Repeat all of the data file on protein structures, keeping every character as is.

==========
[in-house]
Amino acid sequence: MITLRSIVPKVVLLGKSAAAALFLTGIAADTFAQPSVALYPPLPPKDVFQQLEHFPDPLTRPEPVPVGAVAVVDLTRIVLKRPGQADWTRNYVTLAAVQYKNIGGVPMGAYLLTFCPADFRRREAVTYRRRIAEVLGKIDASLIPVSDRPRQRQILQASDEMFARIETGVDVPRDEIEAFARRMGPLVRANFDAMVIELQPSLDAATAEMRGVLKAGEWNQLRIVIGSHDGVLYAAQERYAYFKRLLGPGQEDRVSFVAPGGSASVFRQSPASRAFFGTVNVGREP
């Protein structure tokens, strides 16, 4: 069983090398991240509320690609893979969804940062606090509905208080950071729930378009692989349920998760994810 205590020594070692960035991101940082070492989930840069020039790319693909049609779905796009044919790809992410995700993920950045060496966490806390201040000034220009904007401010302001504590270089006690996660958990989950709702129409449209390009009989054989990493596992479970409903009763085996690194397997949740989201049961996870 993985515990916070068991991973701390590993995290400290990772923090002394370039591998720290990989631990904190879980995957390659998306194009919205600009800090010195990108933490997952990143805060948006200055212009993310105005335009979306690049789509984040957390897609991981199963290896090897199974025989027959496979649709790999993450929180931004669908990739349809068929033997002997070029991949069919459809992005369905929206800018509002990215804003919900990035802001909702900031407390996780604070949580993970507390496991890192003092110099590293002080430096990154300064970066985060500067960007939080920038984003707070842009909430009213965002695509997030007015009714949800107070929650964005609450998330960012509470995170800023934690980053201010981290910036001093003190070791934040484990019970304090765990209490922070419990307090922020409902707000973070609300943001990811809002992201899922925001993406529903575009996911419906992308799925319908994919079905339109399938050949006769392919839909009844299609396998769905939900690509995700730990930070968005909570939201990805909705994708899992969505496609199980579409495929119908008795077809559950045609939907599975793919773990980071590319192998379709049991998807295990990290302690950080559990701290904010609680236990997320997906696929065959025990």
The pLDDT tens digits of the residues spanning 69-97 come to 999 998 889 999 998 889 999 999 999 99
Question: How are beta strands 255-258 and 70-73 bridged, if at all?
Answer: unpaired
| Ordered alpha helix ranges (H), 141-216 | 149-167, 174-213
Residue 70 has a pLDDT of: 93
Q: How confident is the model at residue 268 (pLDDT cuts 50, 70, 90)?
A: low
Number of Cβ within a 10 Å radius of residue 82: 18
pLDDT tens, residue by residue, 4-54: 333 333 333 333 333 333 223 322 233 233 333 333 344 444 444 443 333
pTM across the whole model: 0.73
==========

[in-house]
Amino acid sequence: MITLRSIVPKVVLLGKSAAAALFLTGIAADTFAQPSVALYPPLPPKDVFQQLEHFPDPLTRPEPVPVGAVAVVDLTRIVLKRPGQADWTRNYVTLAAVQYKNIGGVPMGAYLLTFCPADFRRREAVTYRRRIAEVLGKIDASLIPVSDRPRQRQILQASDEMFARIETGVDVPRDEIEAFARRMGPLVRANFDAMVIELQPSLDAATAEMRGVLKAGEWNQLRIVIGSHDGVLYAAQERYAYFKRLLGPGQEDRVSFVAPGGSASVFRQSPASRAFFGTVNVGREP
């Protein structure tokens, strides 16, 4: 069983090398991240509320690609893979969804940062606090509905208080950071729930378009692989349920998760994810 205590020594070692960035991101940082070492989930840069020039790319693909049609779905796009044919790809992410995700993920950045060496966490806390201040000034220009904007401010302001504590270089006690996660958990989950709702129409449209390009009989054989990493596992479970409903009763085996690194397997949740989201049961996870 993985515990916070068991991973701390590993995290400290990772923090002394370039591998720290990989631990904190879980995957390659998306194009919205600009800090010195990108933490997952990143805060948006200055212009993310105005335009979306690049789509984040957390897609991981199963290896090897199974025989027959496979649709790999993450929180931004669908990739349809068929033997002997070029991949069919459809992005369905929206800018509002990215804003919900990035802001909702900031407390996780604070949580993970507390496991890192003092110099590293002080430096990154300064970066985060500067960007939080920038984003707070842009909430009213965002695509997030007015009714949800107070929650964005609450998330960012509470995170800023934690980053201010981290910036001093003190070791934040484990019970304090765990209490922070419990307090922020409902707000973070609300943001990811809002992201899922925001993406529903575009996911419906992308799925319908994919079905339109399938050949006769392919839909009844299609396998769905939900690509995700730990930070968005909570939201990805909705994708899992969505496609199980579409495929119908008795077809559950045609939907599975793919773990980071590319192998379709049991998807295990990290302690950080559990701290904010609680236990997320997906696929065959025990």
The pLDDT tens digits of the residues spanning 69-97 come to 999 998 889 999 998 889 999 999 999 99
Question: How are beta strands 255-258 and 70-73 bridged, if at all?
Answer: unpaired
| Ordered alpha helix ranges (H), 141-216 | 149-167, 174-213
Residue 70 has a pLDDT of: 93
Q: How confident is the model at residue 268 (pLDDT cuts 50, 70, 90)?
A: low
Number of Cβ within a 10 Å radius of residue 82: 18
pLDDT tens, residue by residue, 4-54: 333 333 333 333 333 333 223 322 233 233 333 333 344 444 444 443 333
pTM across the whole model: 0.73